Like the same one's who were out selling Houses to anyone that was Alive and Breathing, let alone had a Job making Min. wage...Regardless if they could make payments or not...

And Like we believe everything a New or Used Car Salesman/woman says right?

LOL..

Being Self Emplolyed? We wrote off about 50% of all the Household expenses, from Food to Clothes to The kids Books ( office supplies) to Utilities and even Cable TV..being a Stock trader I have to watch CNBC and other Stock Market Channels and of course Compters for the kids too.. not to mention 50% of taking the Wife out for Lunch and Dinners...

Wonder why some 25% are now going the Self Employed route, even making 25% less, they still make the same Net...

Gov't make things Equal for All Tax Payers? I don't think so..at least not when I was Self employed btwn 1960's to the late 90's...

If the average Rank and File salary worker ever knew all the Deductions a self Employed is getting away with? Their would be a Revolt...! LOL

;>)

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The things that come to those who wait will be the things leftover by those who got there first.
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Old 01-07-2009, 12:13 PM   #17
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Being Self Emplolyed? We wrote off about 50% of all the Household expenses, from Food to Clothes to The kids Books ( office supplies) to Utilities and even Cable TV..being a Stock trader I have to watch CNBC and other Stock Market Channels and of course Compters for the kids too.. not to mention 50% of taking the Wife out for Lunch and Dinners....

...being raised in a 10 kid family, you learn quickly...
...how to be a tax cheat?
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Old 01-07-2009, 12:32 PM   #18
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Quote:
Originally Posted by Gearhead View Post
As we get ready to ease into retirement, the SO and I have sold our respective houses and bought a house together. So she now has no mortage deduction (I pay the mortage) and also has no dependents. Should she change her withholding from Single and 2 to Single and 1 or Single and 0?
Once you figure out how much tax she would owe (using either a SS or a FREE online tax program (like TAXACT (File Taxes Online - Do Taxes FREE - File Taxes With TaxACT)) you can basically just have an additional amount withheld from each paycheck (no need to adjust status or exemptions) to cover the difference (I am assuming here that her taxes will increase). Also there are two instances she may not have to do anything now; 1) if the additional taxes due were less than $1,000, or 2) is she has at least the amount of the taxes due for the previous year withhel in the current year. Just have the additional money to pay the additional taxes ready next mid-April.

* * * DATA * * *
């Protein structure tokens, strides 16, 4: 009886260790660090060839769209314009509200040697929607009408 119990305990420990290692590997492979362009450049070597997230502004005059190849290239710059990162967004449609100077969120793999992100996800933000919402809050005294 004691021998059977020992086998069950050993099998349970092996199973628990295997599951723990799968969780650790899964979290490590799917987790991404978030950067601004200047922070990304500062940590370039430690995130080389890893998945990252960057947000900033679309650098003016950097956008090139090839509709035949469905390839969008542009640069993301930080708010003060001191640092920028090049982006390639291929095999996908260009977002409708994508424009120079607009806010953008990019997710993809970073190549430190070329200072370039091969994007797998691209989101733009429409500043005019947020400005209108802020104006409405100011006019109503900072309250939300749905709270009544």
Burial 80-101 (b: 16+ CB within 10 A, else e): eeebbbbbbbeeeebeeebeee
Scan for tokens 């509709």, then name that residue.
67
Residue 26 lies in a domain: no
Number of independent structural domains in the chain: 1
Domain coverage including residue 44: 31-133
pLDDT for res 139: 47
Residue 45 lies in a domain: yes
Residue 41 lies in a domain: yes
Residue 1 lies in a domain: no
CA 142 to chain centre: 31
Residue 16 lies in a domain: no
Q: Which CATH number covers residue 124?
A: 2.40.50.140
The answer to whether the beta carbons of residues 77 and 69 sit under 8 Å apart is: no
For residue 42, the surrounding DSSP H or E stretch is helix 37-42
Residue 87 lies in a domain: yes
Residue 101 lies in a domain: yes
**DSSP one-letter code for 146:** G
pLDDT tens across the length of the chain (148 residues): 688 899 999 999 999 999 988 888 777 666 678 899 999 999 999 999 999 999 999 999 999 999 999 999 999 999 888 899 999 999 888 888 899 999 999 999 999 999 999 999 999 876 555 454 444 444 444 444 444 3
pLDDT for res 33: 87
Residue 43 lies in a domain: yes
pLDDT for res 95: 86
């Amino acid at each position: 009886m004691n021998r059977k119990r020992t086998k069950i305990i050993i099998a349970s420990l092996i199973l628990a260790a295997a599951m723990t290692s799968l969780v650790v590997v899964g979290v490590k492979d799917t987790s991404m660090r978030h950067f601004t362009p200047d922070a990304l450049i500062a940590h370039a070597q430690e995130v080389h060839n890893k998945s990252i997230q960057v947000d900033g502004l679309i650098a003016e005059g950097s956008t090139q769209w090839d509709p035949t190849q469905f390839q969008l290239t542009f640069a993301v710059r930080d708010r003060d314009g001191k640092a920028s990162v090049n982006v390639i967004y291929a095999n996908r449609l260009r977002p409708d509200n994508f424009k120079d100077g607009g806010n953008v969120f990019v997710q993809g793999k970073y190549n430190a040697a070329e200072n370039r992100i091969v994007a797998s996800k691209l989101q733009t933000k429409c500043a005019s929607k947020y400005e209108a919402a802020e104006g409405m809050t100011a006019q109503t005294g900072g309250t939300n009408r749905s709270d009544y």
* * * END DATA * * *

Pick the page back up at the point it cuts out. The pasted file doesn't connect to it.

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Old 01-07-2009, 12:58 PM   #19
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Originally Posted by RonBoyd View Post
I am curious about this issue for intellectual curiousity reasons. We haven't been able to take advantage of the "Mortgage Interest Deduction" for many years -- mainly the lack of a mortgage but also because of the Standard Deduction hurdle. It seems to me that this tax "benefit" applies only to those of very high income AND very large mortgages (high interest?). The vast majority of tax payers don't fall into that category despite what real estate salespeople may say. Am I correct in my thinking?

Who Benefits from the Home Mortgage Interest Deduction?

Scott Burns' Homeownership Tax Benefits Calculator
I believe that 3 out of 4 filers cannot find enough deductions to itemize above and beyond the standard deduction ($9700.00 in 2007 married filing a joint return).

Mike
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Old 01-07-2009, 01:23 PM   #20
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I believe that 3 out of 4 filers cannot find enough deductions to itemize above and beyond the standard deduction ($9700.00 in 2007 married filing a joint return).

Mike
Going to go down a tad more this year (2008) to since you can deduct $500/$1,000 of RE taxes paid even if you do not itemize.